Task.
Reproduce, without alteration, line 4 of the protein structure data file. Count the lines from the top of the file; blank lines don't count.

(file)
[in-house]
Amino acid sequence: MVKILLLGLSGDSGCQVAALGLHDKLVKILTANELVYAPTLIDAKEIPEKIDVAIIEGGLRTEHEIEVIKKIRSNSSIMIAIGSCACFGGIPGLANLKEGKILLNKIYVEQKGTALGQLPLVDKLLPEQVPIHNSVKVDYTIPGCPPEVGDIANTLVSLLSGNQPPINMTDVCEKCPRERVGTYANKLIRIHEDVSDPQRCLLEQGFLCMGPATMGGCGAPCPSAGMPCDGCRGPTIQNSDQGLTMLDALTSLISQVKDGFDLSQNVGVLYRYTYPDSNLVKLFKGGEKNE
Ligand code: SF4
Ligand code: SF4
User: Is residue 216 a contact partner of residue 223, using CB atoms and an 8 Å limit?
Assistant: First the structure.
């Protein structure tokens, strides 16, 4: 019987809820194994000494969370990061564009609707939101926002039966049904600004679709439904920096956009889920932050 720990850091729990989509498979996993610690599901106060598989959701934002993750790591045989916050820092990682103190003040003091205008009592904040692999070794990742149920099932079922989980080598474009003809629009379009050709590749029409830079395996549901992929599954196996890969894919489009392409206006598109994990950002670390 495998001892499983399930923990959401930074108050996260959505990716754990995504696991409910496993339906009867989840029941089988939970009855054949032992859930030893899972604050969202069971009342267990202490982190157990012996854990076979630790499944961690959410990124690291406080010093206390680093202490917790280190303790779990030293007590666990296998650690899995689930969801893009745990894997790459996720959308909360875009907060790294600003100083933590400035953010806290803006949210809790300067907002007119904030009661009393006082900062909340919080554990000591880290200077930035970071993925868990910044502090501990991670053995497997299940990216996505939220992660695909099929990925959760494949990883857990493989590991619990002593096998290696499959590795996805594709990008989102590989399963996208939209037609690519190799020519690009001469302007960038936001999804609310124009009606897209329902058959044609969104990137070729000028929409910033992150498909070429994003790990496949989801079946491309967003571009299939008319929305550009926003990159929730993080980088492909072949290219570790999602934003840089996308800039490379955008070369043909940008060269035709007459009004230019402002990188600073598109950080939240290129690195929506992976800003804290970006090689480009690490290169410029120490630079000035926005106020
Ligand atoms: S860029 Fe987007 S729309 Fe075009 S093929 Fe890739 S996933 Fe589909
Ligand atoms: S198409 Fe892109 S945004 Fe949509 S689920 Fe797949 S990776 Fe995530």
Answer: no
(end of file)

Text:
Ligand code: SF4